Learners come to education with varying degrees of resilience. For some individuals, the bar to participation remains particularly high. Kat Goodacre, doctoral researcher at the Open University, explored the reasons for this. The premise of her research is that psychologically informed environments (PIEs) are an essential component of literacy provision for adult learners experiencing homelessness and/or compound trauma. During her work as a dyslexia specialist at a national charity, Kat has encountered frequently re-occurring stories of negative early learning experiences, negative learner identities, and undiagnosed learning difficulties. She cited research suggesting that engagement and learning will be persistent challenges if deep emotional and safety needs are not addressed. Trauma-informed, PIE practices can help to diminish the impact of traumatic memories, reshape learners’ self-perceptions, and help them to achieve positive outcomes.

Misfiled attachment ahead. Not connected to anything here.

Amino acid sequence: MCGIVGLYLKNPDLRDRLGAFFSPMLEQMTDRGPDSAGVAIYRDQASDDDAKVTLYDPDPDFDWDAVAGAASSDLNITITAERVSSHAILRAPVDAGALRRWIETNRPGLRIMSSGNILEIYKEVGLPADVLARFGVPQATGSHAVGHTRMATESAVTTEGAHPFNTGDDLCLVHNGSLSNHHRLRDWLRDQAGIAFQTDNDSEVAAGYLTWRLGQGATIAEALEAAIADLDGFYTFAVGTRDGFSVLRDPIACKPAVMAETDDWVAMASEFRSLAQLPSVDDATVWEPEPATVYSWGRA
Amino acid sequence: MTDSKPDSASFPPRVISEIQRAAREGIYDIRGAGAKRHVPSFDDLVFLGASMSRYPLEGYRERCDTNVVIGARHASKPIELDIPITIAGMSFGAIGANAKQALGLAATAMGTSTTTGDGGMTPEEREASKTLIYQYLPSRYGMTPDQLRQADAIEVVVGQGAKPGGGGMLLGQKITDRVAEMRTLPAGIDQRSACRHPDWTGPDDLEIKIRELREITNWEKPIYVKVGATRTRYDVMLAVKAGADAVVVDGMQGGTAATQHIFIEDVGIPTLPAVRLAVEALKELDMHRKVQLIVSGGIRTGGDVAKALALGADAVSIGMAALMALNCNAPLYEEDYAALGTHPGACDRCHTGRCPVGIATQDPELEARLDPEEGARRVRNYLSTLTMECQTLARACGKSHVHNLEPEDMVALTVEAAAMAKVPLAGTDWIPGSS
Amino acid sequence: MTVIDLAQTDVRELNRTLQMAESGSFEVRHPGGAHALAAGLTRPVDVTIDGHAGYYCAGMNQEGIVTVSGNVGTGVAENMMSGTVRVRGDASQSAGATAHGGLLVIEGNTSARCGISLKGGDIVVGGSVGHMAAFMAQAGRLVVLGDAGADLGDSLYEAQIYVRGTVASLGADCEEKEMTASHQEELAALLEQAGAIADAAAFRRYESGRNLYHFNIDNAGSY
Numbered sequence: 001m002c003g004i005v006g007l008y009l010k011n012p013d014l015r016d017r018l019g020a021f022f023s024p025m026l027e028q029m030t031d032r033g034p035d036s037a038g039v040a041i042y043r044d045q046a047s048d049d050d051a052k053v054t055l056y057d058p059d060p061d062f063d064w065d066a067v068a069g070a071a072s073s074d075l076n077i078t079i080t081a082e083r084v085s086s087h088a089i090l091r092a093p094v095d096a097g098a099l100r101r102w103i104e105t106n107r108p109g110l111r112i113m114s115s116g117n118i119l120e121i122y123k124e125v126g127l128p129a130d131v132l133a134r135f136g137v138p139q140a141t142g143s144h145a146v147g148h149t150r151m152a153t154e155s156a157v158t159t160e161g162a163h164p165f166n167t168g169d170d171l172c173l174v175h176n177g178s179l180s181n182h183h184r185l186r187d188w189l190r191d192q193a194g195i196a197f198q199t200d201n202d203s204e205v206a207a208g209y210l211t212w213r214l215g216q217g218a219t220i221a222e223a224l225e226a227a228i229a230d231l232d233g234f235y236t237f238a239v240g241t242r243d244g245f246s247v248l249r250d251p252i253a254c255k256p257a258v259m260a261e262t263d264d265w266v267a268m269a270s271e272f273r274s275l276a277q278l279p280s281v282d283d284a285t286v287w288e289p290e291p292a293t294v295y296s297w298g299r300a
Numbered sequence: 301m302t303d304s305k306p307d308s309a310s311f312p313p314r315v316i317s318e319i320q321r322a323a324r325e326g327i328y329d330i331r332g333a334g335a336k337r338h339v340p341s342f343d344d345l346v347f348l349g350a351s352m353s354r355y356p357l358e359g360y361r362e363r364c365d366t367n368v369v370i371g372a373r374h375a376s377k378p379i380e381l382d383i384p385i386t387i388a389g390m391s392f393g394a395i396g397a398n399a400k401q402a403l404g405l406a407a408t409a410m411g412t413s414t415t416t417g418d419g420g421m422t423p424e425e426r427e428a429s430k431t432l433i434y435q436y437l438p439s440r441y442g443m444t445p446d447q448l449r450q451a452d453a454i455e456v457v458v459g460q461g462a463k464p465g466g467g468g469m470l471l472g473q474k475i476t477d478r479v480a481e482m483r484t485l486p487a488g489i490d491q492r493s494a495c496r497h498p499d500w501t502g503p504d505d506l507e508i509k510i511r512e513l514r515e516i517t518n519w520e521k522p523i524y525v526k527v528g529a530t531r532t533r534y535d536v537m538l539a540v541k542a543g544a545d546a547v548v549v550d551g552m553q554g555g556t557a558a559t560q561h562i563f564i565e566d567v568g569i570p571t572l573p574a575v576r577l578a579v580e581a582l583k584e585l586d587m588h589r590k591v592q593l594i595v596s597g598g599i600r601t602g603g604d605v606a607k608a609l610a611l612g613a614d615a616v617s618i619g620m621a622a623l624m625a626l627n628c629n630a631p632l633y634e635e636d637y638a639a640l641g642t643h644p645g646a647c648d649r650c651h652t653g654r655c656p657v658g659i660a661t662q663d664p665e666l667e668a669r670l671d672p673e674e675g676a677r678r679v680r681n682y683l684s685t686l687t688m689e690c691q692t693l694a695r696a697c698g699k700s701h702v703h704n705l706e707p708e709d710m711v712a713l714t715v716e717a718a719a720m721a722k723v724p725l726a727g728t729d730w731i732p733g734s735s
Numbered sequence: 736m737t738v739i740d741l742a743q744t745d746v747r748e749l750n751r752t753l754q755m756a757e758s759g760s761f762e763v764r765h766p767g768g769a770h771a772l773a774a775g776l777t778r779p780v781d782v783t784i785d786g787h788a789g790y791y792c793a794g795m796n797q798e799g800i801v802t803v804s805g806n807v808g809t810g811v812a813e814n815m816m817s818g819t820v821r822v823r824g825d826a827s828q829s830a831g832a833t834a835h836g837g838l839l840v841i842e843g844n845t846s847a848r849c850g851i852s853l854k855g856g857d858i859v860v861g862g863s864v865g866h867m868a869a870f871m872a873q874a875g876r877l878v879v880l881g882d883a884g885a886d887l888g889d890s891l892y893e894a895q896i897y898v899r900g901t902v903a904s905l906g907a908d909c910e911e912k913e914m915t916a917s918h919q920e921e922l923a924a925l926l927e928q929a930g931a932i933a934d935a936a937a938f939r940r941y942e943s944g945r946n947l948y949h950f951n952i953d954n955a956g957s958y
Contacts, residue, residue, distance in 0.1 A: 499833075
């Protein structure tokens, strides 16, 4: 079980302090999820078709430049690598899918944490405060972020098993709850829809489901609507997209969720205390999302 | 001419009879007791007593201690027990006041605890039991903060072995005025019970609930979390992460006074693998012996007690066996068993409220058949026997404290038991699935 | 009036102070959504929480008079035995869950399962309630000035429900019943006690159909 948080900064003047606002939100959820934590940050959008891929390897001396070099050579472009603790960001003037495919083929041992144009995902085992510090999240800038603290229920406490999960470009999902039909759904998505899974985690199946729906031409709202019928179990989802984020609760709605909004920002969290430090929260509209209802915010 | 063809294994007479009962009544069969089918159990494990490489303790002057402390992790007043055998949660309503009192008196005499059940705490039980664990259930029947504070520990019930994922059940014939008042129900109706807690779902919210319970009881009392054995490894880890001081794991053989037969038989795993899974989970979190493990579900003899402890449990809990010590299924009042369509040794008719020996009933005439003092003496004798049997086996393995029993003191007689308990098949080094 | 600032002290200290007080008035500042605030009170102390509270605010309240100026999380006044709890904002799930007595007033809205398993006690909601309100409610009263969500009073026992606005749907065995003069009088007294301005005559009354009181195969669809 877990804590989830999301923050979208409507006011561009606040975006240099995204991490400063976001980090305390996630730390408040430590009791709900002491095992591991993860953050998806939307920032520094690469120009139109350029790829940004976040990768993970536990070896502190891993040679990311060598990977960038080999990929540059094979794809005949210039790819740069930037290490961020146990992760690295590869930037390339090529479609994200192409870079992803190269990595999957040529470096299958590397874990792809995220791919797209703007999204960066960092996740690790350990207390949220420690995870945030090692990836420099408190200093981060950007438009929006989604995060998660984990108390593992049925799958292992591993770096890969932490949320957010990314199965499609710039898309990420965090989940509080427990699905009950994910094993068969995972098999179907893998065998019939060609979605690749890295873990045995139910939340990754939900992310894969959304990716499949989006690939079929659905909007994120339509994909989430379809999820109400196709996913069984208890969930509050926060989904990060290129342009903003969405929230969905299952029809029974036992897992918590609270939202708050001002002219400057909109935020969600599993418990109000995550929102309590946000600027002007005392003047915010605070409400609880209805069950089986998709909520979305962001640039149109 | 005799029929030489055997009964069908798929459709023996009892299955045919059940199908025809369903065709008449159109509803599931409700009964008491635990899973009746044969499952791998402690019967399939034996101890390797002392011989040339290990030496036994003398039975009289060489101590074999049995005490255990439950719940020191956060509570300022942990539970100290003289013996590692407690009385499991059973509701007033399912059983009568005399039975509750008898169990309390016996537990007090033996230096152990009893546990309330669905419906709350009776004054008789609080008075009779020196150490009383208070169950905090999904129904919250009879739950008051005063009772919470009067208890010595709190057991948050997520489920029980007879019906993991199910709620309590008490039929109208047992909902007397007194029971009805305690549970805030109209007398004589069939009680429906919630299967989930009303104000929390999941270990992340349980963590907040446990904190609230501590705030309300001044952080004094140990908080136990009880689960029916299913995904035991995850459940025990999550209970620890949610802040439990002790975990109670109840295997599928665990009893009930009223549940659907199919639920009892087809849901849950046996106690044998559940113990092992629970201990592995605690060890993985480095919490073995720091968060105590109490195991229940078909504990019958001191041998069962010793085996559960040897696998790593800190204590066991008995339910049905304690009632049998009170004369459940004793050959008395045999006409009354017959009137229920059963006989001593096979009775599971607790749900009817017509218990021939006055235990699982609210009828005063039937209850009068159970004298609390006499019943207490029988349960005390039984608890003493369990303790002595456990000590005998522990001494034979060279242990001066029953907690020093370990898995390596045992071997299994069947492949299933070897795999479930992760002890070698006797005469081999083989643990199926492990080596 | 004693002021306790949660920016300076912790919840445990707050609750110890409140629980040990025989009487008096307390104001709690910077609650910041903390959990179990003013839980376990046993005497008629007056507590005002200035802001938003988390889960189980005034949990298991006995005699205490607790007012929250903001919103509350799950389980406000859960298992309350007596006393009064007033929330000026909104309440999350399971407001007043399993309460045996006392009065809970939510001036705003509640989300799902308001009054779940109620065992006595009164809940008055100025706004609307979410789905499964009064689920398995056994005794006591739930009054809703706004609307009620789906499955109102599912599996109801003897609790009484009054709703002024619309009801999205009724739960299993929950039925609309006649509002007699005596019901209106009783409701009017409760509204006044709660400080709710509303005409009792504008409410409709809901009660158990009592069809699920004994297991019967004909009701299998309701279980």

PROVISION OF SERVICES
Teachers and managers from some of the currently available literacy provision gave an overview of their services.
Adult education colleges are well-established and welcome students from diverse backgrounds. They offer a comprehensive range of courses, and have the facilities to assist people with additional learning needs. However, as described in Kat Goodacre’s lecture, those with a complexity of issues typically need a particularly large helping hand to return to education. They are likely to require comprehensive support to maintain motivation, and are amongst those most likely to drop out. Some colleges have addressed this by setting up outreach projects based in homelessness centres, thus creating more accessible environments for vulnerable or cautious learners.